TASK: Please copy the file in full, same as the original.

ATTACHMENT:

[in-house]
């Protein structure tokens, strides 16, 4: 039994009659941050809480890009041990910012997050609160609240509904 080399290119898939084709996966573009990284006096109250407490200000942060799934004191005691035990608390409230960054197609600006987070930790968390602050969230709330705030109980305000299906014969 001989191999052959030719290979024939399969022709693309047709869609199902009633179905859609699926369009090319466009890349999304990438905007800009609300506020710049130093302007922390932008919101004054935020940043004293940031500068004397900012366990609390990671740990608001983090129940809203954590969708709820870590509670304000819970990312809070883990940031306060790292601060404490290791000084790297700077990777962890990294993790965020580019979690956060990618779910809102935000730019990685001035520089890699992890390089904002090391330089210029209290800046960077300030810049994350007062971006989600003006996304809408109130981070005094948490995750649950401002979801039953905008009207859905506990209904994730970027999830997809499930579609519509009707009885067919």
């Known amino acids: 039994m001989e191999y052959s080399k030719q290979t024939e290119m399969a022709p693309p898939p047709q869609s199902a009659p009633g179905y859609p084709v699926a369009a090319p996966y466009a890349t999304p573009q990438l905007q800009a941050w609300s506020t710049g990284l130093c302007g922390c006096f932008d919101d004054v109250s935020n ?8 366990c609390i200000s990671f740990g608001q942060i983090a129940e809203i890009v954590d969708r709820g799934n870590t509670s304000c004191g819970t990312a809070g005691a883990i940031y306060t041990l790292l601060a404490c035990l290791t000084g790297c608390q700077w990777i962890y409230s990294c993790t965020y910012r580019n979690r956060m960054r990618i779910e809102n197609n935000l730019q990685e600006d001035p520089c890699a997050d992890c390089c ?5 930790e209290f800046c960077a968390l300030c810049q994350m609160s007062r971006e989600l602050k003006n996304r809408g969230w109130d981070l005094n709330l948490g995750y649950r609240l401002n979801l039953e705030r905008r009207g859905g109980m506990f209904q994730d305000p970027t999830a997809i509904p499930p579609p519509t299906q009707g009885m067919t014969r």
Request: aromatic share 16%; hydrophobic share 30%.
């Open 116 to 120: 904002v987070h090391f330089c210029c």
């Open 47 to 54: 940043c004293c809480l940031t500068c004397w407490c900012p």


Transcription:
[in-house]
């Protein structure tokens, strides 16, 4: 039994009659941050809480890009041990910012997050609160609240509904 080399290119898939084709996966573009990284006096109250407490200000942060799934004191005691035990608390409230960054197609600006987070930790968390602050969230709330705030109980305000299906014969 001989191999052959030719290979024939399969022709693309047709869609199902009633179905859609699926369009090319466009890349999304990438905007800009609300506020710049130093302007922390932008919101004054935020940043004293940031500068004397900012366990609390990671740990608001983090129940809203954590969708709820870590509670304000819970990312809070883990940031306060790292601060404490290791000084790297700077990777962890990294993790965020580019979690956060990618779910809102935000730019990685001035520089890699992890390089904002090391330089210029209290800046960077300030810049994350007062971006989600003006996304809408109130981070005094948490995750649950401002979801039953905008009207859905506990209904994730970027999830997809499930579609519509009707009885067919």
């Known amino acids: 039994m001989e191999y052959s080399k030719q290979t024939e290119m399969a022709p693309p898939p047709q869609s199902a009659p009633g179905y859609p084709v699926a369009a090319p996966y466009a890349t999304p573009q990438l905007q800009a941050w609300s506020t710049g990284l130093c302007g922390c006096f932008d919101d004054v109250s935020n ?8 366990c609390i200000s990671f740990g608001q942060i983090a129940e809203i890009v954590d969708r709820g799934n870590t509670s304000c004191g819970t990312a809070g005691a883990i940031y306060t041990l790292l601060a404490c035990l290791t000084g790297c608390q700077w990777i962890y409230s990294c993790t965020y910012r580019n979690r956060m960054r990618i779910e809102n197609n935000l730019q990685e600006d001035p520089c890699a997050d992890c390089c ?5 930790e209290f800046c960077a968390l300030c810049q994350m609160s007062r971006e989600l602050k003006n996304r809408g969230w109130d981070l005094n709330l948490g995750y649950r609240l401002n979801l039953e705030r905008r009207g859905g109980m506990f209904q994730d305000p970027t999830a997809i509904p499930p579609p519509t299906q009707g009885m067919t014969r």
Request: aromatic share 16%; hydrophobic share 30%.
């Open 116 to 120: 904002v987070h090391f330089c210029c």
């Open 47 to 54: 940043c004293c809480l940031t500068c004397w407490c900012p």